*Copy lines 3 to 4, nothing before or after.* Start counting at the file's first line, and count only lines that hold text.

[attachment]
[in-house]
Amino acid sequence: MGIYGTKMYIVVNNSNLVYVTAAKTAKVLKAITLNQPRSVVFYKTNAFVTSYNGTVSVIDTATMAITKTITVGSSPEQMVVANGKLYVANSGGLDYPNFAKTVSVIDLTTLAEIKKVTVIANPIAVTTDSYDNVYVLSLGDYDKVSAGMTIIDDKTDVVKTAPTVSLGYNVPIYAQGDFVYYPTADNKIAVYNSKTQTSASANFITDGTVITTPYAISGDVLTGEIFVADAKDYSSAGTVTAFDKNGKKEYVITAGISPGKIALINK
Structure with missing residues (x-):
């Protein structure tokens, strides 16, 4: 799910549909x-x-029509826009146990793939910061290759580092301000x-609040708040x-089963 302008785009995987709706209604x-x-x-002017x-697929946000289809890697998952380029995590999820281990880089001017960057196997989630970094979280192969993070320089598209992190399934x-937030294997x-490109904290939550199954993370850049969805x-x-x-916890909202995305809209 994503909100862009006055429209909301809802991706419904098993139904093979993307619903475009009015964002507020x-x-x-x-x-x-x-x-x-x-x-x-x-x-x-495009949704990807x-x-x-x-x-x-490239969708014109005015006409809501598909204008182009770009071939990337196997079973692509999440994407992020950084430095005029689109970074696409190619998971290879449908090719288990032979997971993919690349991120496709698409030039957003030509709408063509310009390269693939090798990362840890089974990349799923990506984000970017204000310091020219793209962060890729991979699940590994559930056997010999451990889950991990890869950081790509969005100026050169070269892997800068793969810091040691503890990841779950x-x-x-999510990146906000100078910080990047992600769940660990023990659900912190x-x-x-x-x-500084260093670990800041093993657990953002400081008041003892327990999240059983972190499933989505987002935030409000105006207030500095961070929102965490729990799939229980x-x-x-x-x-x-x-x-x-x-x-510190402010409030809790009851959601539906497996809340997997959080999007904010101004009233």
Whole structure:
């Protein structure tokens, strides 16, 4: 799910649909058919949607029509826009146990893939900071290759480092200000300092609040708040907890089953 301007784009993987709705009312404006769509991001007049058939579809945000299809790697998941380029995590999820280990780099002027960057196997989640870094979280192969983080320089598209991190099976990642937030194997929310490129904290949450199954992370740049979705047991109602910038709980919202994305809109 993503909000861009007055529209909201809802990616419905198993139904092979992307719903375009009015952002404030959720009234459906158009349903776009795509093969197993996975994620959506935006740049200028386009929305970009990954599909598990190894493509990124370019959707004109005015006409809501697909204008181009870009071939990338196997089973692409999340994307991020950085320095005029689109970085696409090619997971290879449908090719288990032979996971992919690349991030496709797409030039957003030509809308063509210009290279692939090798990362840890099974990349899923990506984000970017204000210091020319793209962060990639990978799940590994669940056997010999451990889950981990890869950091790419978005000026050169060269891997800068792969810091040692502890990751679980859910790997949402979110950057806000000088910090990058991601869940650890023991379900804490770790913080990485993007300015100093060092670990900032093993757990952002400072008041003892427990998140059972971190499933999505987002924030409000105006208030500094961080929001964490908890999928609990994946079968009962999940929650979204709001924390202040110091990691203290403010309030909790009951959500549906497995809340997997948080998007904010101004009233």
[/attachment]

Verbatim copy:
Structure with missing residues (x-):
């Protein structure tokens, strides 16, 4: 799910549909x-x-029509826009146990793939910061290759580092301000x-609040708040x-089963 302008785009995987709706209604x-x-x-002017x-697929946000289809890697998952380029995590999820281990880089001017960057196997989630970094979280192969993070320089598209992190399934x-937030294997x-490109904290939550199954993370850049969805x-x-x-916890909202995305809209 994503909100862009006055429209909301809802991706419904098993139904093979993307619903475009009015964002507020x-x-x-x-x-x-x-x-x-x-x-x-x-x-x-495009949704990807x-x-x-x-x-x-490239969708014109005015006409809501598909204008182009770009071939990337196997079973692509999440994407992020950084430095005029689109970074696409190619998971290879449908090719288990032979997971993919690349991120496709698409030039957003030509709408063509310009390269693939090798990362840890089974990349799923990506984000970017204000310091020219793209962060890729991979699940590994559930056997010999451990889950991990890869950081790509969005100026050169070269892997800068793969810091040691503890990841779950x-x-x-999510990146906000100078910080990047992600769940660990023990659900912190x-x-x-x-x-500084260093670990800041093993657990953002400081008041003892327990999240059983972190499933989505987002935030409000105006207030500095961070929102965490729990799939229980x-x-x-x-x-x-x-x-x-x-x-510190402010409030809790009851959601539906497996809340997997959080999007904010101004009233």